Call for Papers, 2007 Annual Conference, Concerned Philosophers for Peace
Nonviolence: Critiquing Assumptions, Examining Frameworks
November 1-4, 2007
North Manchester, IN
Many judgments regarding what is good or bad, possible or impossible, rely upon unspoken assumptions or frameworks which are used to view and evaluate events and actions. Philosophers uncover these hidden aspects of thoughts and judgments, scrutinizing them for soundness, validity, and fairness.
These assumptions and frameworks permeate the topics of violence, nonviolence, war, conflict, and reconciliation; and they influence how we address these problems and issues. This conference encourages philosophers to reflect upon these assumptions and frameworks and their effects, both in the abstract and in the concrete, and to share their insights with us.
Possible subtopics include:
- How do our current assumptions and frameworks regarding the Middle East shape our concepts of the prospects of war and peace in these areas?
- How do our assumptions and frameworks regarding poverty, wealth, race, and economy influence our understanding of the prospects for poverty eradication in North America, Africa or Latin America?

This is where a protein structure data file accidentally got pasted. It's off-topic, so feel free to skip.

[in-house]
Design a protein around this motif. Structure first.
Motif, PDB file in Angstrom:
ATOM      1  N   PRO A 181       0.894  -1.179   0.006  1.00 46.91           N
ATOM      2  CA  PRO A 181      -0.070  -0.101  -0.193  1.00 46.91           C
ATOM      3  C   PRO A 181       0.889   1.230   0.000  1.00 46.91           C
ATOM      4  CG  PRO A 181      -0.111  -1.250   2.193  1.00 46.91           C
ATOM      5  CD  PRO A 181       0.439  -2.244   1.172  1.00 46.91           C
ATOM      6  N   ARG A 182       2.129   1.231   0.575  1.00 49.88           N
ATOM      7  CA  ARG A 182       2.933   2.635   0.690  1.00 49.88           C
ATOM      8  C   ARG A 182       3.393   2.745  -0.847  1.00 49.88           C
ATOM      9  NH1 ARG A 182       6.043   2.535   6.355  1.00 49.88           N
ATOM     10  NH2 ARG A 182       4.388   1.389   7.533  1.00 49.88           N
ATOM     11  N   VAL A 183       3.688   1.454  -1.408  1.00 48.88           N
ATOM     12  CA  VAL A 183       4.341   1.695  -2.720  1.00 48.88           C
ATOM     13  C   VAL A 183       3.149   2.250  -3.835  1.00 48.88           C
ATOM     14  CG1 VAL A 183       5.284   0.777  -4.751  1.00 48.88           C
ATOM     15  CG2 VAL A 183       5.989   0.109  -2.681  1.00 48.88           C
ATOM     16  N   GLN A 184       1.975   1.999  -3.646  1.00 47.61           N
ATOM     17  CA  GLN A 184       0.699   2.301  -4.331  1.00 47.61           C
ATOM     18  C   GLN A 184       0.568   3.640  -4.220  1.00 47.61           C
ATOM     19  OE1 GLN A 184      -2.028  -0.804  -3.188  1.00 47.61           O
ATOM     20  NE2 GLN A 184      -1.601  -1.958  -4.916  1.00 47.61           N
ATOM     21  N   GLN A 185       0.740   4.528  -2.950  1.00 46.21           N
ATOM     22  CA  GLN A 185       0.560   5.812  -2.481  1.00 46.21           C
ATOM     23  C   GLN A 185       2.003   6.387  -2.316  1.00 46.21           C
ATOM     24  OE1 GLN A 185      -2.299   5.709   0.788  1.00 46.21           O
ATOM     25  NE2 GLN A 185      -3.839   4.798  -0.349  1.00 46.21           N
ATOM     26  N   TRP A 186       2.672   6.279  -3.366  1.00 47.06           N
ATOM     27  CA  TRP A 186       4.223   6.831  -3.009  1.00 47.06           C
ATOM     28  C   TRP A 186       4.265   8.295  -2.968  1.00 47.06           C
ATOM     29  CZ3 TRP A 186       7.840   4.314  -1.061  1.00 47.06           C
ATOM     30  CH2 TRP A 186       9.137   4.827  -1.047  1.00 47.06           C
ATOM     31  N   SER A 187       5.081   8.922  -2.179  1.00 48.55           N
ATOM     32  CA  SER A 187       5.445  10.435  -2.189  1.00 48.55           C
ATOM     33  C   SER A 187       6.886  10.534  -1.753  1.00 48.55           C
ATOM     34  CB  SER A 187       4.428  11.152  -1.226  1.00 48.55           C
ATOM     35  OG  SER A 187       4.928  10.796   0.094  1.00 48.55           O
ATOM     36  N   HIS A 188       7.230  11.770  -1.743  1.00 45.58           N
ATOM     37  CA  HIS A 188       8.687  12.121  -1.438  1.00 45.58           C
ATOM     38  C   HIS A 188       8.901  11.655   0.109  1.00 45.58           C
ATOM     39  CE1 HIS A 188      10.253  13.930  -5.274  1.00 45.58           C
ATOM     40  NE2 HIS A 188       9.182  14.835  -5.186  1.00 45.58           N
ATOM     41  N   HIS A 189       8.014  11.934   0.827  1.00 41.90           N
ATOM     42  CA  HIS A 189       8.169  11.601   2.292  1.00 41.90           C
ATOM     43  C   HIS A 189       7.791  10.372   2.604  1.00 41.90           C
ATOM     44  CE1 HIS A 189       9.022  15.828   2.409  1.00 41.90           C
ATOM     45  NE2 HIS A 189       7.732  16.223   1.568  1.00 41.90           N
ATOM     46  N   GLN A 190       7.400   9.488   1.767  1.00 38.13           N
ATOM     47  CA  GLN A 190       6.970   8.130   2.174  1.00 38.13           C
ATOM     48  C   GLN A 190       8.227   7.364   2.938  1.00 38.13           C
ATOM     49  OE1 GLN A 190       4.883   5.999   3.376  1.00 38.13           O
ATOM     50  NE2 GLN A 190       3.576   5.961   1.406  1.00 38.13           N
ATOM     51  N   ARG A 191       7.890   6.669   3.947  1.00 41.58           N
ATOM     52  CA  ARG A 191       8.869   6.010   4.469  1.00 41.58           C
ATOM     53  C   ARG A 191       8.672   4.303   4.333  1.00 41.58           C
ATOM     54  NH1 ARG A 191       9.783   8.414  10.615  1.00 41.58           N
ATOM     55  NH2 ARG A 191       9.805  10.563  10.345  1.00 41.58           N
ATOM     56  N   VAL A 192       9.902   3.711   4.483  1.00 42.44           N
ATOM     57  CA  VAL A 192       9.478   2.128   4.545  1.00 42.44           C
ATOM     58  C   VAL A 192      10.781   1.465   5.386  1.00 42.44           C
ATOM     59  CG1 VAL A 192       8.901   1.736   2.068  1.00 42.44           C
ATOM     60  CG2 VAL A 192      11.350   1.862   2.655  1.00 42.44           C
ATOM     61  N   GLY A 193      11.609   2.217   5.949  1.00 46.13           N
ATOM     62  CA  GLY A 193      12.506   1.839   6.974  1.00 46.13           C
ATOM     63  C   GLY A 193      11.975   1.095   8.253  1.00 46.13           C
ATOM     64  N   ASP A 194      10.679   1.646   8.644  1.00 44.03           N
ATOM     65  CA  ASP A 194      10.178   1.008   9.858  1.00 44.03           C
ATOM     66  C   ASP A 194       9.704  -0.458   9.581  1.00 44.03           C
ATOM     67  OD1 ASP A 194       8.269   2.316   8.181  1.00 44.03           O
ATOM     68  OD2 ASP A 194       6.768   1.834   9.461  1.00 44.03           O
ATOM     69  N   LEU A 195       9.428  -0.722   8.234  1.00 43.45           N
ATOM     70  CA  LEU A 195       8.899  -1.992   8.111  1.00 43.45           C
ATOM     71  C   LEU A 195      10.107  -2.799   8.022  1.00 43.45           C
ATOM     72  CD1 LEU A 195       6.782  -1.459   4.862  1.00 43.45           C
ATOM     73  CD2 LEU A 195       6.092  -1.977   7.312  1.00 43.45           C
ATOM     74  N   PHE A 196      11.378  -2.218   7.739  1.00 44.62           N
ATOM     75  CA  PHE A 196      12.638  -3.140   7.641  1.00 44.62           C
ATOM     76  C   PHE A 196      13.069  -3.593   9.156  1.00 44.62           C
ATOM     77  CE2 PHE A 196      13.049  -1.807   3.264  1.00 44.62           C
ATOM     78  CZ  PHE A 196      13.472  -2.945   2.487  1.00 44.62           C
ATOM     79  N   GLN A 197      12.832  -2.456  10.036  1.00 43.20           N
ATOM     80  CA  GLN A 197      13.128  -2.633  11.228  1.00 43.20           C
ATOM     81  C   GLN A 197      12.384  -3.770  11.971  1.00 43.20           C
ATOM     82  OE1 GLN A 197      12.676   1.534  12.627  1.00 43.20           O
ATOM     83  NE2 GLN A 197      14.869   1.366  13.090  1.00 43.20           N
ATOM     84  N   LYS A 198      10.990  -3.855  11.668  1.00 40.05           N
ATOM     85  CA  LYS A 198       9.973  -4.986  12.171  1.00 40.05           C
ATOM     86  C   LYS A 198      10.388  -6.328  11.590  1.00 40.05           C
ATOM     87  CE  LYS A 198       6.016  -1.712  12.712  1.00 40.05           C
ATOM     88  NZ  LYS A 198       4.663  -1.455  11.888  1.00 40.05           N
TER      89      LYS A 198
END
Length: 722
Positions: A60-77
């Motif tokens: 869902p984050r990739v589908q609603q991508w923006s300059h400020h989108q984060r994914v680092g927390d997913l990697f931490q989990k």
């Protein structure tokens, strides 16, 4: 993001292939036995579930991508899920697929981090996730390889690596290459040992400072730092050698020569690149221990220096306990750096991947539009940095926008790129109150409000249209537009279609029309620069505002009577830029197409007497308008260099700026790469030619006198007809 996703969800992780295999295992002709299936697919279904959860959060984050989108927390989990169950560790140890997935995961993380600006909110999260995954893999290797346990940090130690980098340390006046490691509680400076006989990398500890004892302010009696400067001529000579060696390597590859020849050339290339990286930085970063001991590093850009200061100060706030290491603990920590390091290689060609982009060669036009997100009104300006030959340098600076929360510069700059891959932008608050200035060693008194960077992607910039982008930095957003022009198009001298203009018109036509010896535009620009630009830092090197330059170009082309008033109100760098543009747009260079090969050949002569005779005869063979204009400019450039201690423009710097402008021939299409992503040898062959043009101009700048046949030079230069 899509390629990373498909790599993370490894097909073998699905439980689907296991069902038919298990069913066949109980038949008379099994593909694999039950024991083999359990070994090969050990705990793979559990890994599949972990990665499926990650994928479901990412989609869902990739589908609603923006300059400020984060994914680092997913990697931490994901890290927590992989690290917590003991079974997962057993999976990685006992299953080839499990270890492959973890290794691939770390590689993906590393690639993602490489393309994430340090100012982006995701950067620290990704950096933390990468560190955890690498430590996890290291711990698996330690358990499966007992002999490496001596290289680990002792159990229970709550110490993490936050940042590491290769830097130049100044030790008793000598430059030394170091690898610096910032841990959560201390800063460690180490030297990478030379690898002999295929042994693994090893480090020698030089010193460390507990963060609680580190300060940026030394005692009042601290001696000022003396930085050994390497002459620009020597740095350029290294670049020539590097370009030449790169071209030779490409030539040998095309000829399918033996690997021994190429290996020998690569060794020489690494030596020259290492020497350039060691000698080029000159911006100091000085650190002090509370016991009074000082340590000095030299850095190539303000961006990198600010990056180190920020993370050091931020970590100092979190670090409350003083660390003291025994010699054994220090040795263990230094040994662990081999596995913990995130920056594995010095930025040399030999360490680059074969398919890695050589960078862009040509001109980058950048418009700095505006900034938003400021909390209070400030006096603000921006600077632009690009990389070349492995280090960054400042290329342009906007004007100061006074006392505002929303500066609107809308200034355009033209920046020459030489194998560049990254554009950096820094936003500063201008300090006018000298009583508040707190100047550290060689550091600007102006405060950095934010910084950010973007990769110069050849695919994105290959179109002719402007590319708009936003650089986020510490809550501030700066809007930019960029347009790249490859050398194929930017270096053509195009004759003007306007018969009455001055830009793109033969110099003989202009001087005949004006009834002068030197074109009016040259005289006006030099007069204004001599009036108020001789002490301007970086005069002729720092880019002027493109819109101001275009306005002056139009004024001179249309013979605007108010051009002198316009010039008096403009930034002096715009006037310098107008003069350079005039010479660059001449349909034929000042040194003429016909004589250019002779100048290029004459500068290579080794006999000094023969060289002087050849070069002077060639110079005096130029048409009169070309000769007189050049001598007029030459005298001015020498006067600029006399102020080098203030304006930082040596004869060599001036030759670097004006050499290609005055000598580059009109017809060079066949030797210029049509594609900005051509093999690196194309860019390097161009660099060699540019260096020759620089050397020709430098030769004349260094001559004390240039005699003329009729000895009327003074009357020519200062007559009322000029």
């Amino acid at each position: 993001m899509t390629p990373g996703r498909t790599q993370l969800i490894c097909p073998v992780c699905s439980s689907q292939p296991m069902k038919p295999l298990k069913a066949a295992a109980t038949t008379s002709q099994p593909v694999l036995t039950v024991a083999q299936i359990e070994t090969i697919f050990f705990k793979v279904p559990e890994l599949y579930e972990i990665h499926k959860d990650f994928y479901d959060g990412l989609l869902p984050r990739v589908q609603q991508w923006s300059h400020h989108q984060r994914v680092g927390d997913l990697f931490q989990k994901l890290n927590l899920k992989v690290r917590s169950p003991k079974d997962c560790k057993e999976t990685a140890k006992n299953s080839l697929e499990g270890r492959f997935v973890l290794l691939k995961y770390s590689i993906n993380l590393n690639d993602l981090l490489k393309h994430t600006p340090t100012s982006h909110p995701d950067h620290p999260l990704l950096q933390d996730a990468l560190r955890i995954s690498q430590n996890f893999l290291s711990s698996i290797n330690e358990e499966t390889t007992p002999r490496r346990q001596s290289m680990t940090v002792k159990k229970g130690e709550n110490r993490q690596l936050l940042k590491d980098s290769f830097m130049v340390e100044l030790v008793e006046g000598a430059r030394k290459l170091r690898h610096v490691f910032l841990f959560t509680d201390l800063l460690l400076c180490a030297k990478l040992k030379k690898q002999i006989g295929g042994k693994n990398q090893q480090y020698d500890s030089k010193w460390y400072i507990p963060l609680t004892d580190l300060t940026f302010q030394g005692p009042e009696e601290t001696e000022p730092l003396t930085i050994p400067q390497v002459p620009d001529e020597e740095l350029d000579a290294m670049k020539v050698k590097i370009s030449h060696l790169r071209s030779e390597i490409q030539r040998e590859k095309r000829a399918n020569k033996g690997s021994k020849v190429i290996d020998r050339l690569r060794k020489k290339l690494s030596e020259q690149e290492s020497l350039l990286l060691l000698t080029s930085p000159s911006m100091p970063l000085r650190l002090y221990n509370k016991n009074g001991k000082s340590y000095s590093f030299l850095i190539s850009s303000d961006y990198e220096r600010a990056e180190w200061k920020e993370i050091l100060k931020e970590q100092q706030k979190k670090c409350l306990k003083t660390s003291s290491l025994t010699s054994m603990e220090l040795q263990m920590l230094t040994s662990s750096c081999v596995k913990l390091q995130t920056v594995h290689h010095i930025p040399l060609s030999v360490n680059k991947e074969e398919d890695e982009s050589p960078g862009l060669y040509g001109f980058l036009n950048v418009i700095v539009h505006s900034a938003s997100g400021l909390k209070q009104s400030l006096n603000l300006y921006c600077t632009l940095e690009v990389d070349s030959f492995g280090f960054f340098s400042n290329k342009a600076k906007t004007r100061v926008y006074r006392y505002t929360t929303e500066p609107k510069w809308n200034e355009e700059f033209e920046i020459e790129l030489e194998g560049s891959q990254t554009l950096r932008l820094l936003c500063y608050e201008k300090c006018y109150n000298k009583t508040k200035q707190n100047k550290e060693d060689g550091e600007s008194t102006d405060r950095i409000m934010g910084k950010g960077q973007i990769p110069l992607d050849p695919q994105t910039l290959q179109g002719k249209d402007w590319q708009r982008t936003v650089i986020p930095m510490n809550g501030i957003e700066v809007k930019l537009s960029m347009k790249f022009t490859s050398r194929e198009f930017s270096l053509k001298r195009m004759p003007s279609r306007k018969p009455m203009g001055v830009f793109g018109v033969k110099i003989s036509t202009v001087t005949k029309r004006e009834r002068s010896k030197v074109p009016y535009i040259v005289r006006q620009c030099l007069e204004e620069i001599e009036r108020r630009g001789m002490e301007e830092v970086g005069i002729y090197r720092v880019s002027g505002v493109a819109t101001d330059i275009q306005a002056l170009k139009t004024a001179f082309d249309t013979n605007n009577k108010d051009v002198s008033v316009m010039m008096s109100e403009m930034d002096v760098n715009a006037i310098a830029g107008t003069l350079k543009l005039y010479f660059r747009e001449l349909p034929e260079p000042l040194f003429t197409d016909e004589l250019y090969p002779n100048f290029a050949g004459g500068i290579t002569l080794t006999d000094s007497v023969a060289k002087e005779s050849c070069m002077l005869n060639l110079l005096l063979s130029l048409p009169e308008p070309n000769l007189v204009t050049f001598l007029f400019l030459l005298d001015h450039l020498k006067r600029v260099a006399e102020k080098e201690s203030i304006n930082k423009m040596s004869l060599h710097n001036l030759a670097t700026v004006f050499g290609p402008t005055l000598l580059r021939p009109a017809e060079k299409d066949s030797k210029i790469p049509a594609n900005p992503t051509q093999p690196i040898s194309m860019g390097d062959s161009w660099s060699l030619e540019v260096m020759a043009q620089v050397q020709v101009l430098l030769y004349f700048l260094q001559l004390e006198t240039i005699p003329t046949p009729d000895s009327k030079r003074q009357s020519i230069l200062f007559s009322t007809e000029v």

- What guiding assumptions and frameworks have led many Americans to trust military buildup, and even the use of torture, to defend the nation during the “war on terror”? What are the problems with such assumptions and frameworks? Would a different framework provide a better way of securing peace in America?
- Is peace possible? If so, how? If not, why not? Is human nature such that negative and/or positive peace is improbable if not impossible? Does national security and nation-state autonomy demand a warfare State? Does economic inequality make violence or the threat of violence inevitable?
- What kind of assumptions and frameworks would be needed in order for people to see nonviolence as a sensible approach to current day problems?
This call for examining assumptions can be used to either defend or challenge nonviolence as a guiding principle for relationships.
Performances: Howard Zinn’s “Marx in Soho” by Robert Weick
Workshops: Peace Journalism, Tom Hastings, Portland State University
Student Paper Session
Presidential Address: Barry Gan, St. Bonaventure University
Contemplative, nonviolent environs.
Abstracts (200 words) and panel proposals by September 1, 2007 to:
Katy Gray Brown Box 122
North Manchester, IN 46962
Or, send it by email to:
For further questions,
contact Katy Gray Brown at 260-982-5343
Sponsored by the Manchester Peace Studies Institute and the Department of Religion and Philosophy